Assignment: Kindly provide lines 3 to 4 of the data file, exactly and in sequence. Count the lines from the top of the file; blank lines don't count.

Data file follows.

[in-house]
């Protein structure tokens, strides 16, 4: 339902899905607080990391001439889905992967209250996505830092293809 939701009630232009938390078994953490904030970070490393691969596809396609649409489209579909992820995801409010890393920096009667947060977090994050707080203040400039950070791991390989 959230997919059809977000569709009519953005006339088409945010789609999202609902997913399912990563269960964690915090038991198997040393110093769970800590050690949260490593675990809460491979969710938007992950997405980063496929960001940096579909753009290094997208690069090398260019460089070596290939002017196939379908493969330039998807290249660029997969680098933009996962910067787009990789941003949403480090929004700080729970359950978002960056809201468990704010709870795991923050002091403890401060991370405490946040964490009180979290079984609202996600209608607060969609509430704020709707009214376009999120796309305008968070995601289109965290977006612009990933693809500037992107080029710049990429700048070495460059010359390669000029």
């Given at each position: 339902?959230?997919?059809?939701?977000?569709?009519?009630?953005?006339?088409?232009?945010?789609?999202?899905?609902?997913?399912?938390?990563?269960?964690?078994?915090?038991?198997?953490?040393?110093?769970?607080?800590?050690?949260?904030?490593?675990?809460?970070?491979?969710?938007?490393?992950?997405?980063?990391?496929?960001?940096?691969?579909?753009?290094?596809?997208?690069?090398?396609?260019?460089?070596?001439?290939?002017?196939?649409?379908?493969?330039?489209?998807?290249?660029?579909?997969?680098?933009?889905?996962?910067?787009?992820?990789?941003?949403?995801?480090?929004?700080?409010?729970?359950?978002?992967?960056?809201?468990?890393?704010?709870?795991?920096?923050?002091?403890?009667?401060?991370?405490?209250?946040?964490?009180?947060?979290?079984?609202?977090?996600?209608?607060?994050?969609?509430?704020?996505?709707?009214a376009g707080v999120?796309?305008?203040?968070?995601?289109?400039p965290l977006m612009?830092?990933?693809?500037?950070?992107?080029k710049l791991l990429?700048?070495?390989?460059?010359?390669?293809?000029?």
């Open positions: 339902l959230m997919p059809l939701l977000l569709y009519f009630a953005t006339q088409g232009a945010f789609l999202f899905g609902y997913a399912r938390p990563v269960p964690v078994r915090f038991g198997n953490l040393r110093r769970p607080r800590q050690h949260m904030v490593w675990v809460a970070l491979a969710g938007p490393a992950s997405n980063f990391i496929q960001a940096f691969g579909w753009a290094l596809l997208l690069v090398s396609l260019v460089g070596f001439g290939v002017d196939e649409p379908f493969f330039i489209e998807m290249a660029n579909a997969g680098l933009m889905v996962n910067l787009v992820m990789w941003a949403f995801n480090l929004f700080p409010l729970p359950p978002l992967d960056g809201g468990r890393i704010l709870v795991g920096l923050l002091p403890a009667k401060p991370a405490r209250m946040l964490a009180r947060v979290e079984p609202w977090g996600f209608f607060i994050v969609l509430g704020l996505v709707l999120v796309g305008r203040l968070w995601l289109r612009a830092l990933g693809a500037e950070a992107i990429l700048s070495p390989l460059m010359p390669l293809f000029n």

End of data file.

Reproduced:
């Given at each position: 339902?959230?997919?059809?939701?977000?569709?009519?009630?953005?006339?088409?232009?945010?789609?999202?899905?609902?997913?399912?938390?990563?269960?964690?078994?915090?038991?198997?953490?040393?110093?769970?607080?800590?050690?949260?904030?490593?675990?809460?970070?491979?969710?938007?490393?992950?997405?980063?990391?496929?960001?940096?691969?579909?753009?290094?596809?997208?690069?090398?396609?260019?460089?070596?001439?290939?002017?196939?649409?379908?493969?330039?489209?998807?290249?660029?579909?997969?680098?933009?889905?996962?910067?787009?992820?990789?941003?949403?995801?480090?929004?700080?409010?729970?359950?978002?992967?960056?809201?468990?890393?704010?709870?795991?920096?923050?002091?403890?009667?401060?991370?405490?209250?946040?964490?009180?947060?979290?079984?609202?977090?996600?209608?607060?994050?969609?509430?704020?996505?709707?009214a376009g707080v999120?796309?305008?203040?968070?995601?289109?400039p965290l977006m612009?830092?990933?693809?500037?950070?992107?080029k710049l791991l990429?700048?070495?390989?460059?010359?390669?293809?000029?």
């Open positions: 339902l959230m997919p059809l939701l977000l569709y009519f009630a953005t006339q088409g232009a945010f789609l999202f899905g609902y997913a399912r938390p990563v269960p964690v078994r915090f038991g198997n953490l040393r110093r769970p607080r800590q050690h949260m904030v490593w675990v809460a970070l491979a969710g938007p490393a992950s997405n980063f990391i496929q960001a940096f691969g579909w753009a290094l596809l997208l690069v090398s396609l260019v460089g070596f001439g290939v002017d196939e649409p379908f493969f330039i489209e998807m290249a660029n579909a997969g680098l933009m889905v996962n910067l787009v992820m990789w941003a949403f995801n480090l929004f700080p409010l729970p359950p978002l992967d960056g809201g468990r890393i704010l709870v795991g920096l923050l002091p403890a009667k401060p991370a405490r209250m946040l964490a009180r947060v979290e079984p609202w977090g996600f209608f607060i994050v969609l509430g704020l996505v709707l999120v796309g305008r203040l968070w995601l289109r612009a830092l990933g693809a500037e950070a992107i990429l700048s070495p390989l460059m010359p390669l293809f000029n």